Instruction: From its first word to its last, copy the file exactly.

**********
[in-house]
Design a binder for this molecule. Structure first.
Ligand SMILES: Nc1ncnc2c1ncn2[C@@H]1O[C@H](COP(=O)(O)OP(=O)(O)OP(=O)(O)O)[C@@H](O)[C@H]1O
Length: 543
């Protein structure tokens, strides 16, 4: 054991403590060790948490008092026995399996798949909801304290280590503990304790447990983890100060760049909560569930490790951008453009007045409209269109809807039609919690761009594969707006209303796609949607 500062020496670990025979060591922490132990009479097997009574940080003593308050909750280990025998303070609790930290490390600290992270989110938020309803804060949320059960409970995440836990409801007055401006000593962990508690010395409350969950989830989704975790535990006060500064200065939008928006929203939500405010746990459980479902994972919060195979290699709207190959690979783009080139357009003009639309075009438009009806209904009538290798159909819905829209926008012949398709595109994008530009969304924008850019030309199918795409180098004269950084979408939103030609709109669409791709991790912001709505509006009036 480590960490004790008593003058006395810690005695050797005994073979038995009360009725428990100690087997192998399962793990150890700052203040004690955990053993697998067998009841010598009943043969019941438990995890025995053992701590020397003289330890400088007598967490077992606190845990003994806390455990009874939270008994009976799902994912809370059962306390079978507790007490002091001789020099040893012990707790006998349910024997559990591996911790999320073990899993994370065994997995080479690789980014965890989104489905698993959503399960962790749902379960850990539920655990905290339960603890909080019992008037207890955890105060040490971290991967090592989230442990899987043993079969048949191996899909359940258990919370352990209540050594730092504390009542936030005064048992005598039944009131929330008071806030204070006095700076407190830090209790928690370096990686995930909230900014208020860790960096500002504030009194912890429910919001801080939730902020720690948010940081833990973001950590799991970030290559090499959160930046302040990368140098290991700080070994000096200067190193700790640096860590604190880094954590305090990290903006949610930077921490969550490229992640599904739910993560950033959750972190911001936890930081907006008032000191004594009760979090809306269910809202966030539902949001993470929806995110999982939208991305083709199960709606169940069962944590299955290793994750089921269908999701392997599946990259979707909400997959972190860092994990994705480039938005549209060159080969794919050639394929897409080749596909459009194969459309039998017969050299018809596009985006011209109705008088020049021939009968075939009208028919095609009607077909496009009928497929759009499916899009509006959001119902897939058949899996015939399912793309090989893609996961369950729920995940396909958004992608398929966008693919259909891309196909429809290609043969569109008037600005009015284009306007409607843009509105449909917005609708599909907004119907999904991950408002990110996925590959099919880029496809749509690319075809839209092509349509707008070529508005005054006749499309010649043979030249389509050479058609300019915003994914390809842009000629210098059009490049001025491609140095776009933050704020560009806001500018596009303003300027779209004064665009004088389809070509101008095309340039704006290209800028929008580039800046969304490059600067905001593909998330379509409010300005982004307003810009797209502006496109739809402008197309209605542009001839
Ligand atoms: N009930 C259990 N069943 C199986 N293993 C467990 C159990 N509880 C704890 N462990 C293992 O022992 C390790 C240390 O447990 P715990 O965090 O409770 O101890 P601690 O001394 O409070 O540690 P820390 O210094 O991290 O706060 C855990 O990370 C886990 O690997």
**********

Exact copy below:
[in-house]
Design a binder for this molecule. Structure first.
Ligand SMILES: Nc1ncnc2c1ncn2[C@@H]1O[C@H](COP(=O)(O)OP(=O)(O)OP(=O)(O)O)[C@@H](O)[C@H]1O
Length: 543
């Protein structure tokens, strides 16, 4: 054991403590060790948490008092026995399996798949909801304290280590503990304790447990983890100060760049909560569930490790951008453009007045409209269109809807039609919690761009594969707006209303796609949607 500062020496670990025979060591922490132990009479097997009574940080003593308050909750280990025998303070609790930290490390600290992270989110938020309803804060949320059960409970995440836990409801007055401006000593962990508690010395409350969950989830989704975790535990006060500064200065939008928006929203939500405010746990459980479902994972919060195979290699709207190959690979783009080139357009003009639309075009438009009806209904009538290798159909819905829209926008012949398709595109994008530009969304924008850019030309199918795409180098004269950084979408939103030609709109669409791709991790912001709505509006009036 480590960490004790008593003058006395810690005695050797005994073979038995009360009725428990100690087997192998399962793990150890700052203040004690955990053993697998067998009841010598009943043969019941438990995890025995053992701590020397003289330890400088007598967490077992606190845990003994806390455990009874939270008994009976799902994912809370059962306390079978507790007490002091001789020099040893012990707790006998349910024997559990591996911790999320073990899993994370065994997995080479690789980014965890989104489905698993959503399960962790749902379960850990539920655990905290339960603890909080019992008037207890955890105060040490971290991967090592989230442990899987043993079969048949191996899909359940258990919370352990209540050594730092504390009542936030005064048992005598039944009131929330008071806030204070006095700076407190830090209790928690370096990686995930909230900014208020860790960096500002504030009194912890429910919001801080939730902020720690948010940081833990973001950590799991970030290559090499959160930046302040990368140098290991700080070994000096200067190193700790640096860590604190880094954590305090990290903006949610930077921490969550490229992640599904739910993560950033959750972190911001936890930081907006008032000191004594009760979090809306269910809202966030539902949001993470929806995110999982939208991305083709199960709606169940069962944590299955290793994750089921269908999701392997599946990259979707909400997959972190860092994990994705480039938005549209060159080969794919050639394929897409080749596909459009194969459309039998017969050299018809596009985006011209109705008088020049021939009968075939009208028919095609009607077909496009009928497929759009499916899009509006959001119902897939058949899996015939399912793309090989893609996961369950729920995940396909958004992608398929966008693919259909891309196909429809290609043969569109008037600005009015284009306007409607843009509105449909917005609708599909907004119907999904991950408002990110996925590959099919880029496809749509690319075809839209092509349509707008070529508005005054006749499309010649043979030249389509050479058609300019915003994914390809842009000629210098059009490049001025491609140095776009933050704020560009806001500018596009303003300027779209004064665009004088389809070509101008095309340039704006290209800028929008580039800046969304490059600067905001593909998330379509409010300005982004307003810009797209502006496109739809402008197309209605542009001839
Ligand atoms: N009930 C259990 N069943 C199986 N293993 C467990 C159990 N509880 C704890 N462990 C293992 O022992 C390790 C240390 O447990 P715990 O965090 O409770 O101890 P601690 O001394 O409070 O540690 P820390 O210094 O991290 O706060 C855990 O990370 C886990 O690997």